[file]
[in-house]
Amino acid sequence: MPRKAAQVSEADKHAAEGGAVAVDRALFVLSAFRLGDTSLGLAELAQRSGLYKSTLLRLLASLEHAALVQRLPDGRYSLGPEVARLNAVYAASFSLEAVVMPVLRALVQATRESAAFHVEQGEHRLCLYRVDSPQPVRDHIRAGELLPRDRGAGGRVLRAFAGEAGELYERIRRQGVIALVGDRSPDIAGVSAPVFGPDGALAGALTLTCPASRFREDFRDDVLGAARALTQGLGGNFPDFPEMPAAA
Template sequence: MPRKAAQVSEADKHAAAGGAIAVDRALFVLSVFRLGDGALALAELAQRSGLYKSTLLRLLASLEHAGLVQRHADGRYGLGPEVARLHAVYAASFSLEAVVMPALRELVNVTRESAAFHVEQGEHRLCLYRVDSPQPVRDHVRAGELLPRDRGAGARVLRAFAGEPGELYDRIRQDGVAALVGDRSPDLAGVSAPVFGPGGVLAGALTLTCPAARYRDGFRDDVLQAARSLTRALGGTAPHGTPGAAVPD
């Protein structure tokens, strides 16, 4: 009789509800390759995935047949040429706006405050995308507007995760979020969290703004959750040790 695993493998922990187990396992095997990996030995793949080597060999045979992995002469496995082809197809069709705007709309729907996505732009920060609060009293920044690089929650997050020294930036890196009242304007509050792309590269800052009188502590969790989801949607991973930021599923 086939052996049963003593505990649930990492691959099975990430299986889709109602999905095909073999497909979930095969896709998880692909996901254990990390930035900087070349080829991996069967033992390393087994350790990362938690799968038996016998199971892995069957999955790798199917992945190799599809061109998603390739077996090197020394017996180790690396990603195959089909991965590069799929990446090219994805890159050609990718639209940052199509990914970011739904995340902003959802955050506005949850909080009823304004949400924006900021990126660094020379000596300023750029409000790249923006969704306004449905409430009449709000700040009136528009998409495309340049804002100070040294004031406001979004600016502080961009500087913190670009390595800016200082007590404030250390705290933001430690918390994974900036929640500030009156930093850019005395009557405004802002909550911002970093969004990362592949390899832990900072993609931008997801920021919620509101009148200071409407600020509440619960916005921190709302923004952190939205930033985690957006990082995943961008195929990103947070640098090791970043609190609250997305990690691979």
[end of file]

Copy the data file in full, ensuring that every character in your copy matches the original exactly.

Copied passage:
[in-house]
Amino acid sequence: MPRKAAQVSEADKHAAEGGAVAVDRALFVLSAFRLGDTSLGLAELAQRSGLYKSTLLRLLASLEHAALVQRLPDGRYSLGPEVARLNAVYAASFSLEAVVMPVLRALVQATRESAAFHVEQGEHRLCLYRVDSPQPVRDHIRAGELLPRDRGAGGRVLRAFAGEAGELYERIRRQGVIALVGDRSPDIAGVSAPVFGPDGALAGALTLTCPASRFREDFRDDVLGAARALTQGLGGNFPDFPEMPAAA
Template sequence: MPRKAAQVSEADKHAAAGGAIAVDRALFVLSVFRLGDGALALAELAQRSGLYKSTLLRLLASLEHAGLVQRHADGRYGLGPEVARLHAVYAASFSLEAVVMPALRELVNVTRESAAFHVEQGEHRLCLYRVDSPQPVRDHVRAGELLPRDRGAGARVLRAFAGEPGELYDRIRQDGVAALVGDRSPDLAGVSAPVFGPGGVLAGALTLTCPAARYRDGFRDDVLQAARSLTRALGGTAPHGTPGAAVPD
């Protein structure tokens, strides 16, 4: 009789509800390759995935047949040429706006405050995308507007995760979020969290703004959750040790 695993493998922990187990396992095997990996030995793949080597060999045979992995002469496995082809197809069709705007709309729907996505732009920060609060009293920044690089929650997050020294930036890196009242304007509050792309590269800052009188502590969790989801949607991973930021599923 086939052996049963003593505990649930990492691959099975990430299986889709109602999905095909073999497909979930095969896709998880692909996901254990990390930035900087070349080829991996069967033992390393087994350790990362938690799968038996016998199971892995069957999955790798199917992945190799599809061109998603390739077996090197020394017996180790690396990603195959089909991965590069799929990446090219994805890159050609990718639209940052199509990914970011739904995340902003959802955050506005949850909080009823304004949400924006900021990126660094020379000596300023750029409000790249923006969704306004449905409430009449709000700040009136528009998409495309340049804002100070040294004031406001979004600016502080961009500087913190670009390595800016200082007590404030250390705290933001430690918390994974900036929640500030009156930093850019005395009557405004802002909550911002970093969004990362592949390899832990900072993609931008997801920021919620509101009148200071409407600020509440619960916005921190709302923004952190939205930033985690957006990082995943961008195929990103947070640098090791970043609190609250997305990690691979």